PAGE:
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Integration of Ca2+ signaling regulates the breast tumor cell response to simvastatin and doxorubicin


Recent studies have suggested that the lipid-lowering agent simvastatin holds great promise as a cancer therapeutic; it inhibits the growth of multiple tumors, including triple-negative breast cancer. Doxorubicin- and simvastatin-induced cytotoxicity has been associated with the modulation of Ca2+ signaling, but the underlying mechanisms remain incompletely understood. Here we identify how Ca2+ signaling regulates the breast tumor cell response to doxorubicin and simvastatin. These two drugs inhibit cell survival while increasing apoptosis in two human breast cancer cell lines and five primary breast tumor specimens through the modulation of Ca2+ signaling. Signal transduction and functional studies revealed that both simvastatin and doxorubicin trigger persistent cytosolic Ca2+ release, thereby stimulating the proapoptotic BIM pathway and mitochondrial Ca2+ overload, which are responsible for metabolic dysfunction and apoptosis induction. Simvastatin and doxorubicin suppress the prosurvival ERK1/2 pathway in a Ca2+-independent and Ca2+-dependent manner, respectively. In addition, reduction of the Ca2+ signal by chelation or pharmacological inhibition significantly prevents drug-mediated anticancer signaling. Unexpectedly, a scratch-wound assay indicated that these two drugs induce rapid cell migration, while inhibiting cell invasion and colony formation in a Ca2+-dependent manner. Further, the in vivo data for MDA-MB-231 xenografts demonstrate that upon chelation of Ca2+, the ability of both drugs to reduce the tumor burden was significantly reduced via caspase-3 deactivation. Our results establish a calcium-based mechanism as crucial for executing the cell death process triggered by simvastatin and doxorubicin, and suggest that combining simvastatin with doxorubicin may be an effective regimen for the treatment of breast cancer.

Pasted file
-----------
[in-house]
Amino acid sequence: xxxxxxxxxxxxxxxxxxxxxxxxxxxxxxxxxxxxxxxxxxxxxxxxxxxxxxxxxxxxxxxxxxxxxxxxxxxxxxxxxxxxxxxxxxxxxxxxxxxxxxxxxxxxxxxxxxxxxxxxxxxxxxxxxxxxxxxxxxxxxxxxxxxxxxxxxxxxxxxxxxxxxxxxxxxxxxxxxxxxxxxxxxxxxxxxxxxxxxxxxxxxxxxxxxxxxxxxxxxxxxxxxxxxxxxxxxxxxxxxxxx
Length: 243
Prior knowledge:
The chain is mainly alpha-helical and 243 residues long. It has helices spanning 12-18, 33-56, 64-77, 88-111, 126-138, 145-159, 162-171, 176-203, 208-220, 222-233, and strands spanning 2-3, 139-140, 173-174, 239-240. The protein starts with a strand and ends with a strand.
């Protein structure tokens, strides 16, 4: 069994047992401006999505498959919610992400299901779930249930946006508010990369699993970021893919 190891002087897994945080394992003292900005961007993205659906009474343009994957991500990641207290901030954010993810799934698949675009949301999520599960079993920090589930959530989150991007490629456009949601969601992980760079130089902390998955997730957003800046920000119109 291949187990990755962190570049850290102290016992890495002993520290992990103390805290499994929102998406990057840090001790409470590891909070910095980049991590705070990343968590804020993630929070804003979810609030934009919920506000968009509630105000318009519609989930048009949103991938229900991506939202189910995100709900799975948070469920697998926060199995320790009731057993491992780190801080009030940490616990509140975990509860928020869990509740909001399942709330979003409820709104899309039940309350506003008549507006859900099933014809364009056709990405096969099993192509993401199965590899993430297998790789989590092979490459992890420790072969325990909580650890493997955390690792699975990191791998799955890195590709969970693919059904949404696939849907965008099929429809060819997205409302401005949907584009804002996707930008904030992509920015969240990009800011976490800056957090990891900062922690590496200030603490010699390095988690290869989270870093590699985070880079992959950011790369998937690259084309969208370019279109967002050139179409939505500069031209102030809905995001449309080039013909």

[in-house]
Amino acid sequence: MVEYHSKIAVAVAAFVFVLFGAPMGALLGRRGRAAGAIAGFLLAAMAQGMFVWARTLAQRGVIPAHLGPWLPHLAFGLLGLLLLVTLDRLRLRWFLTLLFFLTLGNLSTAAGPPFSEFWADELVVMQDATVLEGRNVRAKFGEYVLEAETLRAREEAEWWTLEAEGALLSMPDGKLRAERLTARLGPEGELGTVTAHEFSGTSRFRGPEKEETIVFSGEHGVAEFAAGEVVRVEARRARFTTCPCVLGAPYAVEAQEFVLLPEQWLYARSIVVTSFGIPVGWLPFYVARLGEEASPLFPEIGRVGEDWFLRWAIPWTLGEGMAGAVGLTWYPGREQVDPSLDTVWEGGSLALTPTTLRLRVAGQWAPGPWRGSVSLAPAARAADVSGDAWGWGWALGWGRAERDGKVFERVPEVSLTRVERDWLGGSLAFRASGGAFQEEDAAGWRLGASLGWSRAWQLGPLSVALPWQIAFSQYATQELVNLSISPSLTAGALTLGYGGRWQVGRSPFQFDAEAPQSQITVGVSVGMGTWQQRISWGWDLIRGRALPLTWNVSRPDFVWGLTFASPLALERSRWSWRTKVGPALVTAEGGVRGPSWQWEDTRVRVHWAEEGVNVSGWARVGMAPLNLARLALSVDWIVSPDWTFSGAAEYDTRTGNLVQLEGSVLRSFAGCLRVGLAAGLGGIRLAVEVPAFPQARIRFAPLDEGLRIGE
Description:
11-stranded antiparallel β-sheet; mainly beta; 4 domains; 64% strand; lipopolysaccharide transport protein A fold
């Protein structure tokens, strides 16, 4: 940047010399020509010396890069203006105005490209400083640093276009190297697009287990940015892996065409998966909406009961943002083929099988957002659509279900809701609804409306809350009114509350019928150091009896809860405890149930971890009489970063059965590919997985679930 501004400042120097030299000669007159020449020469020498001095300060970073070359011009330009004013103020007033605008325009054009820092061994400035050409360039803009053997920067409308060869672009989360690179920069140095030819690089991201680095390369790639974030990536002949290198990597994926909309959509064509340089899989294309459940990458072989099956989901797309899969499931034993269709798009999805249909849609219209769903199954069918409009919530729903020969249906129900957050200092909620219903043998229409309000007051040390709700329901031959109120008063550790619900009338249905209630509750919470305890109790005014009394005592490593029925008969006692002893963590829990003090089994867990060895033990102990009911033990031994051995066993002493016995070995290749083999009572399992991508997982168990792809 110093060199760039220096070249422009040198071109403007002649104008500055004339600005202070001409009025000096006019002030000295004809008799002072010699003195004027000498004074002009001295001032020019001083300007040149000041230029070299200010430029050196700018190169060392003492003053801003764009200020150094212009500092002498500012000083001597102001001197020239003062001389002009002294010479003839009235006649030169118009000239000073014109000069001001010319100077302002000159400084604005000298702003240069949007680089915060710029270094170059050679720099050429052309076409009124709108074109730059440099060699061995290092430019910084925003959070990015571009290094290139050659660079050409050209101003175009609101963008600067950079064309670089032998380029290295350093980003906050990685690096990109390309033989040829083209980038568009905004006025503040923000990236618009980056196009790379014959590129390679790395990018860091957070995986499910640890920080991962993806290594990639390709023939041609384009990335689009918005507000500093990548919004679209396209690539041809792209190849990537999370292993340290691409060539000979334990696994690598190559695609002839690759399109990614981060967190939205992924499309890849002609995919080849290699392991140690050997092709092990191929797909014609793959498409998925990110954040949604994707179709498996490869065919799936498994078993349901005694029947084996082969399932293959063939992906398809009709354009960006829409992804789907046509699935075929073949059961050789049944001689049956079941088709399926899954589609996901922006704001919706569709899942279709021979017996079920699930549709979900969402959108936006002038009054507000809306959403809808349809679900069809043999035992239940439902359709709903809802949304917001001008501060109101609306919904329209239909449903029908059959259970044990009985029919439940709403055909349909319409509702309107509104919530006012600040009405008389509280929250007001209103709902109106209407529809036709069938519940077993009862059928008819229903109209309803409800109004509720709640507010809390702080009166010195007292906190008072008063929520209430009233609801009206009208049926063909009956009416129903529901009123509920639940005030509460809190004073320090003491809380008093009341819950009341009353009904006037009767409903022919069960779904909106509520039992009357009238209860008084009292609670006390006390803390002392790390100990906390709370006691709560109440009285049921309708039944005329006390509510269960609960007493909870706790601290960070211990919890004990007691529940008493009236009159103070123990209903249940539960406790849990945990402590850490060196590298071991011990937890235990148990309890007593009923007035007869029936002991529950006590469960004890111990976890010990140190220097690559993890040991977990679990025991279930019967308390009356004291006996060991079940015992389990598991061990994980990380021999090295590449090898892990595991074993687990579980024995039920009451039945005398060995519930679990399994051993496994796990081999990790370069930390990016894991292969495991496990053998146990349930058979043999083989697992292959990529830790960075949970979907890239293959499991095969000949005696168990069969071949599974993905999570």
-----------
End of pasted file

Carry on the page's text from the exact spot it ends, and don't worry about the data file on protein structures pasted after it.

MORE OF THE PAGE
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This work was supported by grants from the French Ministry of Higher Education and Research, and the Association Vie et Espoir. We thank members of the LIONS CLUB Les Andelys association for their support with equipment.

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The authors declare that they have no conflict of interest.

Correspondence to Souleymane Abdoul-Azize.

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